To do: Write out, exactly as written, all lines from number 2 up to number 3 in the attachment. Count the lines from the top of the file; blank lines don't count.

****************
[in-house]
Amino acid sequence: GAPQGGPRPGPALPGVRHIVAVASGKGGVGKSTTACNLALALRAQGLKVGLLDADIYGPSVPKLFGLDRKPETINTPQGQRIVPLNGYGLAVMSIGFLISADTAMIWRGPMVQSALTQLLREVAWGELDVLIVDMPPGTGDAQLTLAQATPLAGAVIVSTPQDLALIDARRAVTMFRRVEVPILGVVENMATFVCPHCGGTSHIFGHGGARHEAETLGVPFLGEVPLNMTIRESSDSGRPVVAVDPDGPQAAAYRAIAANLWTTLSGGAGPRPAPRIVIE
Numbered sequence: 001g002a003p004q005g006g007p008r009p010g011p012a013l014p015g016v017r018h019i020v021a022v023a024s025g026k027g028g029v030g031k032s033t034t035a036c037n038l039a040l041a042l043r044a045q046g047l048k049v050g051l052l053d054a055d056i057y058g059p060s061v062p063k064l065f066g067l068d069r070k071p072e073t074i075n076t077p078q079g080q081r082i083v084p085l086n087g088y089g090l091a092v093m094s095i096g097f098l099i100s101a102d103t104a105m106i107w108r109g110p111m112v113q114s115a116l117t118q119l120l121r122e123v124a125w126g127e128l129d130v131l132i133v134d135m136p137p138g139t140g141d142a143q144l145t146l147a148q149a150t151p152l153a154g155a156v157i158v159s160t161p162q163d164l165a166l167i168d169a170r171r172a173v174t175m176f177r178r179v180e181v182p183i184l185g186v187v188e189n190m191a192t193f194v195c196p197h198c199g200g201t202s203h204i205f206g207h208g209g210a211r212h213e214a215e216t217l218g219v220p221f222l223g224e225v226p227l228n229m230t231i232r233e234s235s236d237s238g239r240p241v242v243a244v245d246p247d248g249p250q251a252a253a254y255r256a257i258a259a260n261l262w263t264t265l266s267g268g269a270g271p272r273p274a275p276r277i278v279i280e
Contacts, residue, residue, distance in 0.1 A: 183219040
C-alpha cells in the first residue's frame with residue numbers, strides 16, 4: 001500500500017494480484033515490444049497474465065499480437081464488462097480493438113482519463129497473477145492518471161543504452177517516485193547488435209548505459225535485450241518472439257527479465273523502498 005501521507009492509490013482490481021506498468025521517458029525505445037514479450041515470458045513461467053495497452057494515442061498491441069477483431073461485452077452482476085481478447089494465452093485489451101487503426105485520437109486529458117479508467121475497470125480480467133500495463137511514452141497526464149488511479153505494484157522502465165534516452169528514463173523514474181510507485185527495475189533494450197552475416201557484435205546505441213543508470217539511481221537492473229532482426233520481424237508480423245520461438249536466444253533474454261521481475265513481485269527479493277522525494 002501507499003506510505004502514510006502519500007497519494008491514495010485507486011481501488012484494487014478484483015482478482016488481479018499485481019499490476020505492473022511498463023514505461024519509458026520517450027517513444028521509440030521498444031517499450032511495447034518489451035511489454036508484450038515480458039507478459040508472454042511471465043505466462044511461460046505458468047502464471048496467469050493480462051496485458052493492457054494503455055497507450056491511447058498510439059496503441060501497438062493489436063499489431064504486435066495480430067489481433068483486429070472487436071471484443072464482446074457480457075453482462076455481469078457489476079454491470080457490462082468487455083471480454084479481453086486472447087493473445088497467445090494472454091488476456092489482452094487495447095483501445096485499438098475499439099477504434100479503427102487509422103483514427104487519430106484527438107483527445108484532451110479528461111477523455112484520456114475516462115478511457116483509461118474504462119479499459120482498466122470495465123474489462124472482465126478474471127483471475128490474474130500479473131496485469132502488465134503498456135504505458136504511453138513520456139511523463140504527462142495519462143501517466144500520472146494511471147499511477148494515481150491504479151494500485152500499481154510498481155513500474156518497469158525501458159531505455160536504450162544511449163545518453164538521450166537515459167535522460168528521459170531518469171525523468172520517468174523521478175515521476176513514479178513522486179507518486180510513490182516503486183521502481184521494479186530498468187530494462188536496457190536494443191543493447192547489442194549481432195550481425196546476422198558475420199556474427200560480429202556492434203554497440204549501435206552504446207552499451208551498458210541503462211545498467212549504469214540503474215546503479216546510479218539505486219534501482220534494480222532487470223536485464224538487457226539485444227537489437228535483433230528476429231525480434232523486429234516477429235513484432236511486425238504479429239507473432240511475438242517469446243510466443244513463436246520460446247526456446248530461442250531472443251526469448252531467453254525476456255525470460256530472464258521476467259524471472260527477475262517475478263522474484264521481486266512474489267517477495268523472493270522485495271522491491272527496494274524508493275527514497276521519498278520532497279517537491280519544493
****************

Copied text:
Amino acid sequence: GAPQGGPRPGPALPGVRHIVAVASGKGGVGKSTTACNLALALRAQGLKVGLLDADIYGPSVPKLFGLDRKPETINTPQGQRIVPLNGYGLAVMSIGFLISADTAMIWRGPMVQSALTQLLREVAWGELDVLIVDMPPGTGDAQLTLAQATPLAGAVIVSTPQDLALIDARRAVTMFRRVEVPILGVVENMATFVCPHCGGTSHIFGHGGARHEAETLGVPFLGEVPLNMTIRESSDSGRPVVAVDPDGPQAAAYRAIAANLWTTLSGGAGPRPAPRIVIE
Numbered sequence: 001g002a003p004q005g006g007p008r009p010g011p012a013l014p015g016v017r018h019i020v021a022v023a024s025g026k027g028g029v030g031k032s033t034t035a036c037n038l039a040l041a042l043r044a045q046g047l048k049v050g051l052l053d054a055d056i057y058g059p060s061v062p063k064l065f066g067l068d069r070k071p072e073t074i075n076t077p078q079g080q081r082i083v084p085l086n087g088y089g090l091a092v093m094s095i096g097f098l099i100s101a102d103t104a105m106i107w108r109g110p111m112v113q114s115a116l117t118q119l120l121r122e123v124a125w126g127e128l129d130v131l132i133v134d135m136p137p138g139t140g141d142a143q144l145t146l147a148q149a150t151p152l153a154g155a156v157i158v159s160t161p162q163d164l165a166l167i168d169a170r171r172a173v174t175m176f177r178r179v180e181v182p183i184l185g186v187v188e189n190m191a192t193f194v195c196p197h198c199g200g201t202s203h204i205f206g207h208g209g210a211r212h213e214a215e216t217l218g219v220p221f222l223g224e225v226p227l228n229m230t231i232r233e234s235s236d237s238g239r240p241v242v243a244v245d246p247d248g249p250q251a252a253a254y255r256a257i258a259a260n261l262w263t264t265l266s267g268g269a270g271p272r273p274a275p276r277i278v279i280e